Many people struggle with when to use ‘that’ and when to use ‘which’. To help me remember when to use each, I like to keep it really simple.
A suitcase that has lost its handle is useless.
In this sentence, the word ‘that’ introduces essential information about the suitcase. If you leave it out, the meaning is changed.
The suitcase, which had no handle and was covered in airport stickers, dragged behind him.
In this sentence, the word ‘which’ introduces extra information about the suitcase. If you leave it out, the sentence is less descriptive, but its general meaning is not changed.
Use a comma before and after extra information (imagine you’re putting it in brackets):
The leaf, which was a delicate shade of green, stuck to the window.
Essential information does not need commas:
Use only leaves that are green for garnishing the cocktails.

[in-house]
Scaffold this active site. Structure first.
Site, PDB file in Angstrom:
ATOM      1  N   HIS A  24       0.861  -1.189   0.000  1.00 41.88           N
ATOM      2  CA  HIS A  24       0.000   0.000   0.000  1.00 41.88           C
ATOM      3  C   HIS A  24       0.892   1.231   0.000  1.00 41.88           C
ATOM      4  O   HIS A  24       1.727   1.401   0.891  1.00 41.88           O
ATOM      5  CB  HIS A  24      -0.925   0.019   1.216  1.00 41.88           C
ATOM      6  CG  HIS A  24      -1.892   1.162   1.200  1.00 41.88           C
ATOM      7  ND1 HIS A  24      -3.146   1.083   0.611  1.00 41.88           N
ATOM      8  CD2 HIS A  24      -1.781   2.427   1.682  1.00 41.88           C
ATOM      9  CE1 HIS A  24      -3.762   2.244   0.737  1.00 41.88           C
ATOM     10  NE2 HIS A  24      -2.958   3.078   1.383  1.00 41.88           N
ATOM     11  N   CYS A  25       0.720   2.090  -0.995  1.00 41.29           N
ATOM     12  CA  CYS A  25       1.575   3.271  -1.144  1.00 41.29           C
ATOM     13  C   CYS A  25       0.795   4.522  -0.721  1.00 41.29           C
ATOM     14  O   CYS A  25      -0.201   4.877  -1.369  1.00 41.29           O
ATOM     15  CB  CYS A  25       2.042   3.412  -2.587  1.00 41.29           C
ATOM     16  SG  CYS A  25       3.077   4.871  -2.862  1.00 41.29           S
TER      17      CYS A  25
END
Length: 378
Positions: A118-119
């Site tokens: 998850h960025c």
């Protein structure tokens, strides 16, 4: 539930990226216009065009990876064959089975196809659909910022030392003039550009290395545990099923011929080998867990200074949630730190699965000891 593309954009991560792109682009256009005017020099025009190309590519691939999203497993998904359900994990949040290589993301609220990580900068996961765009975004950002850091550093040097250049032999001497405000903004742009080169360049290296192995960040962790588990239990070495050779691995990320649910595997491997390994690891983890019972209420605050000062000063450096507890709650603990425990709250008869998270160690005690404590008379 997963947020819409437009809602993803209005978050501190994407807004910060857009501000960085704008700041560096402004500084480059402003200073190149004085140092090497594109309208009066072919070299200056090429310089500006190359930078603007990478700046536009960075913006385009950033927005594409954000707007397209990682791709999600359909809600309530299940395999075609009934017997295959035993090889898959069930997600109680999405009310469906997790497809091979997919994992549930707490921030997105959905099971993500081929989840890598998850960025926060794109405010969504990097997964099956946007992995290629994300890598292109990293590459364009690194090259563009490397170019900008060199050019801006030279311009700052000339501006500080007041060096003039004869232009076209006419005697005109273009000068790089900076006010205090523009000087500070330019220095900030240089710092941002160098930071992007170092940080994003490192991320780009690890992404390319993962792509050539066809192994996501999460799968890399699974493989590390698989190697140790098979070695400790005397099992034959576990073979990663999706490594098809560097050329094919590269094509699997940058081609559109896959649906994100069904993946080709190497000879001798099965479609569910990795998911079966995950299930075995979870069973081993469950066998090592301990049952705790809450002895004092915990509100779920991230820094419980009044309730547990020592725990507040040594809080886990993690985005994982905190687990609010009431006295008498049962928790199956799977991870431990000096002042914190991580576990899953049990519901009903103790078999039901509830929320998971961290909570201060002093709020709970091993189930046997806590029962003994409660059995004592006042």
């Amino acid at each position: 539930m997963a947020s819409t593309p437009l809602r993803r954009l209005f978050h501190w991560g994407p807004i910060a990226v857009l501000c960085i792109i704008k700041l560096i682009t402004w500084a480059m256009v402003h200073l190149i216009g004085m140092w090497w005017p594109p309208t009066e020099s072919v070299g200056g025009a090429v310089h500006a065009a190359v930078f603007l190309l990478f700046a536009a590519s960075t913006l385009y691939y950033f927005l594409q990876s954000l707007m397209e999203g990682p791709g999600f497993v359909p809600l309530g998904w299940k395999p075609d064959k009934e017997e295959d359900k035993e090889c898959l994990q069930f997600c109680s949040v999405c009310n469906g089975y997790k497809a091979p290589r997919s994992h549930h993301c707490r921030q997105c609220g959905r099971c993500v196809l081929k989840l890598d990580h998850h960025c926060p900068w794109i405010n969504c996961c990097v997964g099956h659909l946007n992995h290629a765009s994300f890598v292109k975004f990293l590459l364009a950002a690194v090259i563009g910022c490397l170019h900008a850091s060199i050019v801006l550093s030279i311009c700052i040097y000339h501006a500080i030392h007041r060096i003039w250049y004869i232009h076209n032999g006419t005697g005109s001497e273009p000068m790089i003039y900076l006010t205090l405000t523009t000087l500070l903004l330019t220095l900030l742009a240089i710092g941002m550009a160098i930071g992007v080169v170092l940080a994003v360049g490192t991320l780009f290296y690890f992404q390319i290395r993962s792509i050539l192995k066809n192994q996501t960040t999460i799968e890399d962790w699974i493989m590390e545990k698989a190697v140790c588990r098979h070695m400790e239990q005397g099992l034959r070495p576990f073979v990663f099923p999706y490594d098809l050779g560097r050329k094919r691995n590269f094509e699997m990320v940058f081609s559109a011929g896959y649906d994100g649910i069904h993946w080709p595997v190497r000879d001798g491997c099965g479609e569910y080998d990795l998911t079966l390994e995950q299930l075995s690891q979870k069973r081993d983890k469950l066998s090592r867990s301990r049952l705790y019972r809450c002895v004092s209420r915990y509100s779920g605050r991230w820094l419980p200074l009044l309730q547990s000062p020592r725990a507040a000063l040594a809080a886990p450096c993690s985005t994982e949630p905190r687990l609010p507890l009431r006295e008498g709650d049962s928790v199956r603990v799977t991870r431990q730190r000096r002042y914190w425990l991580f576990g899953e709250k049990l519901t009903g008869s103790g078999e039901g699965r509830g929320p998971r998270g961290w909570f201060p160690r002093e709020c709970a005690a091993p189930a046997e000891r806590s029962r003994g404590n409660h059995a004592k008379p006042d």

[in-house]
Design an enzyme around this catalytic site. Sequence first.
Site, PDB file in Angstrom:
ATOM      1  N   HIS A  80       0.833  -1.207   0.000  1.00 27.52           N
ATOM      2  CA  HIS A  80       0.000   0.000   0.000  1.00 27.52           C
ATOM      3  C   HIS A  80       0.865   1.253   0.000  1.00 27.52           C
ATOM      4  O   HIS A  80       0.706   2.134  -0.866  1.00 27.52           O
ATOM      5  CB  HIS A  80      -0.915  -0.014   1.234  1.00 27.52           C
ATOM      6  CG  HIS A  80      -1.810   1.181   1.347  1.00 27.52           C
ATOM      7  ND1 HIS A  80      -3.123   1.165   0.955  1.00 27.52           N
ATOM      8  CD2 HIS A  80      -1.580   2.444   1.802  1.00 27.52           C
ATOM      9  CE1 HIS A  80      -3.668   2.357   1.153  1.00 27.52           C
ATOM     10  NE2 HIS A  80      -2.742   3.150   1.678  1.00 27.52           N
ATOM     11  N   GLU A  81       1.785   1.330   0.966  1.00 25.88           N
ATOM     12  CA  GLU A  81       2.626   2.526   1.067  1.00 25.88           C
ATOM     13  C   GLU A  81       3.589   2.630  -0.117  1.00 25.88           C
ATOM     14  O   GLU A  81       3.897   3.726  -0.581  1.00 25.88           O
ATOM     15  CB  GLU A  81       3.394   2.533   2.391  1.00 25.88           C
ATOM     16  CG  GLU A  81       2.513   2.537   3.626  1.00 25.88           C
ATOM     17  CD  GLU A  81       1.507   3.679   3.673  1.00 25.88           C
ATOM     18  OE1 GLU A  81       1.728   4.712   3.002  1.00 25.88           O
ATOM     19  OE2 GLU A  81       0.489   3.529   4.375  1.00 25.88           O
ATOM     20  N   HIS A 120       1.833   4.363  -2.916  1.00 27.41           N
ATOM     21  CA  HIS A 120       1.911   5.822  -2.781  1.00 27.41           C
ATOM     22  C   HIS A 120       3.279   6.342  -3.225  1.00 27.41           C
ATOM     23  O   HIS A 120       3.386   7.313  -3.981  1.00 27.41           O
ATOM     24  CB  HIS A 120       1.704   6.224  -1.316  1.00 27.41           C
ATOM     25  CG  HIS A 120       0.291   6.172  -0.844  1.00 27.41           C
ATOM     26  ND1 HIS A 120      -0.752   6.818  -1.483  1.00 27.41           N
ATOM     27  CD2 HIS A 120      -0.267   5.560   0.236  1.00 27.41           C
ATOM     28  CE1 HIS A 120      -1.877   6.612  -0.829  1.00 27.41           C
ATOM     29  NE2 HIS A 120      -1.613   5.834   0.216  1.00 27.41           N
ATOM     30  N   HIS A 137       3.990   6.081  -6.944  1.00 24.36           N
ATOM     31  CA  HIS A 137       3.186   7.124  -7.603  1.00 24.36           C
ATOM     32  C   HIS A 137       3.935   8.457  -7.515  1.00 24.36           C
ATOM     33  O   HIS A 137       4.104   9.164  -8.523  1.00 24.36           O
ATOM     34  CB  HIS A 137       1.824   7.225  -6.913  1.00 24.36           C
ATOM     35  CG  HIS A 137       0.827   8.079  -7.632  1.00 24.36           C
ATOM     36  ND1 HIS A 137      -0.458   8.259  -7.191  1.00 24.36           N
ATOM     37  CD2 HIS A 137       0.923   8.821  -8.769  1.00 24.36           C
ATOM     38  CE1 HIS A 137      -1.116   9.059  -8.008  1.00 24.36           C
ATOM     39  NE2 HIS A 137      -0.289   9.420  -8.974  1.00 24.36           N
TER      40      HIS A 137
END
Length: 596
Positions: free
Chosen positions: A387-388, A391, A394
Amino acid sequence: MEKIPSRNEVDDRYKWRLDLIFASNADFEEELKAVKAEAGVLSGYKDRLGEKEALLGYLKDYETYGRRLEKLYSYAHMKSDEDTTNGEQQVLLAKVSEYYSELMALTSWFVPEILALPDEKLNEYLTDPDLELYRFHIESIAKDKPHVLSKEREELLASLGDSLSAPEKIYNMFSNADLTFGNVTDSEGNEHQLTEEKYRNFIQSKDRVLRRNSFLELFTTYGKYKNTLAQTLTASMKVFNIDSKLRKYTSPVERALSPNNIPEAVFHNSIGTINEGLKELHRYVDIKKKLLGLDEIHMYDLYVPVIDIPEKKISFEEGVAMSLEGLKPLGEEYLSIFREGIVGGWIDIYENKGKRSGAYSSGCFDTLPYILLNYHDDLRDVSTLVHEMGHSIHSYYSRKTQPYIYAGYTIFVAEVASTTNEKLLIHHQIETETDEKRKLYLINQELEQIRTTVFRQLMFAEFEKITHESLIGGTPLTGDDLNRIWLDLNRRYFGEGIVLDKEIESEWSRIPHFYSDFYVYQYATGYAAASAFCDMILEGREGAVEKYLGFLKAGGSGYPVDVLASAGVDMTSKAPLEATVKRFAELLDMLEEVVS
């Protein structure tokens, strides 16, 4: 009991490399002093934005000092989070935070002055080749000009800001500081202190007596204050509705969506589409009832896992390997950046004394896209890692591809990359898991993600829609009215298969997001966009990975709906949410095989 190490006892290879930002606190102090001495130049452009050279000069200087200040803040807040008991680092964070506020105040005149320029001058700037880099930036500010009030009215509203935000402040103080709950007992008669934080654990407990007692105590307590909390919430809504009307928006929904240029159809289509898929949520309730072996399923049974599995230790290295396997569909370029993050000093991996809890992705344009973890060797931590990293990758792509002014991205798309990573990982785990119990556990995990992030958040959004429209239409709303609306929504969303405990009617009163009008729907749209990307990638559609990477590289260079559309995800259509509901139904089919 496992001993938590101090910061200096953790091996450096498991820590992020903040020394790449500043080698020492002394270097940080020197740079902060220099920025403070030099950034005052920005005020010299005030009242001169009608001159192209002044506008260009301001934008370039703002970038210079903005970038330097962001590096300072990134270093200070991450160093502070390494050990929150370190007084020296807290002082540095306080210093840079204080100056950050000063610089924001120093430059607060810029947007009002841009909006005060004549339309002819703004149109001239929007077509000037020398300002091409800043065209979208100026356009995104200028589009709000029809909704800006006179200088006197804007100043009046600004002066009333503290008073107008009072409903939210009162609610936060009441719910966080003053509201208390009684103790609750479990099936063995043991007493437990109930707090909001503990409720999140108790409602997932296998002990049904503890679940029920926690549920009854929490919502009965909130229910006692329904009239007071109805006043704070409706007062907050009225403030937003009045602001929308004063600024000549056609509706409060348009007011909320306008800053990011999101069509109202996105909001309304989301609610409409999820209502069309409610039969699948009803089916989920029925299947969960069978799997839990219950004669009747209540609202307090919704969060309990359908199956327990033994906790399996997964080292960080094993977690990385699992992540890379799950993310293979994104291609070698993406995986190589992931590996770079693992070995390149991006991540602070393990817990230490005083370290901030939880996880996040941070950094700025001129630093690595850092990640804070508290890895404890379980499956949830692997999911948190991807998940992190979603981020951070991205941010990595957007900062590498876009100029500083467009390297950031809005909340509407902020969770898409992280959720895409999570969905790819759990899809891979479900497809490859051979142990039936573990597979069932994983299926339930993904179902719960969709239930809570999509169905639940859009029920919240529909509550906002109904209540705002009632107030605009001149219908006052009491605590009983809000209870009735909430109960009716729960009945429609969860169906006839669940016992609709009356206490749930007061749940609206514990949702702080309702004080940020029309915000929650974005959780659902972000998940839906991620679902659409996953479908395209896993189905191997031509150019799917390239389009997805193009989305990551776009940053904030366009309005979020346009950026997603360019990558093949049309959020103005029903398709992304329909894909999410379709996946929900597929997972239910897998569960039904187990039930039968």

Kiwifruit that were affected by disease had to be binned.
Kiwifruit, which are usually expensive at this time of year, were on special today.
Cars that have hybrid technology are really fuel-efficient.
My car, which is a hybrid, goes 100km on 6 litres.
The biggest savings came from items that were discounted.
The biggest saving came from chicken, which fell about 20 cents per kilo.
The Oxford English Dictionary says it’s also correct to use ‘which’ to present essential information. Be aware that other people may follow this rule. I stick to one word for each situation because I find that easiest to remember.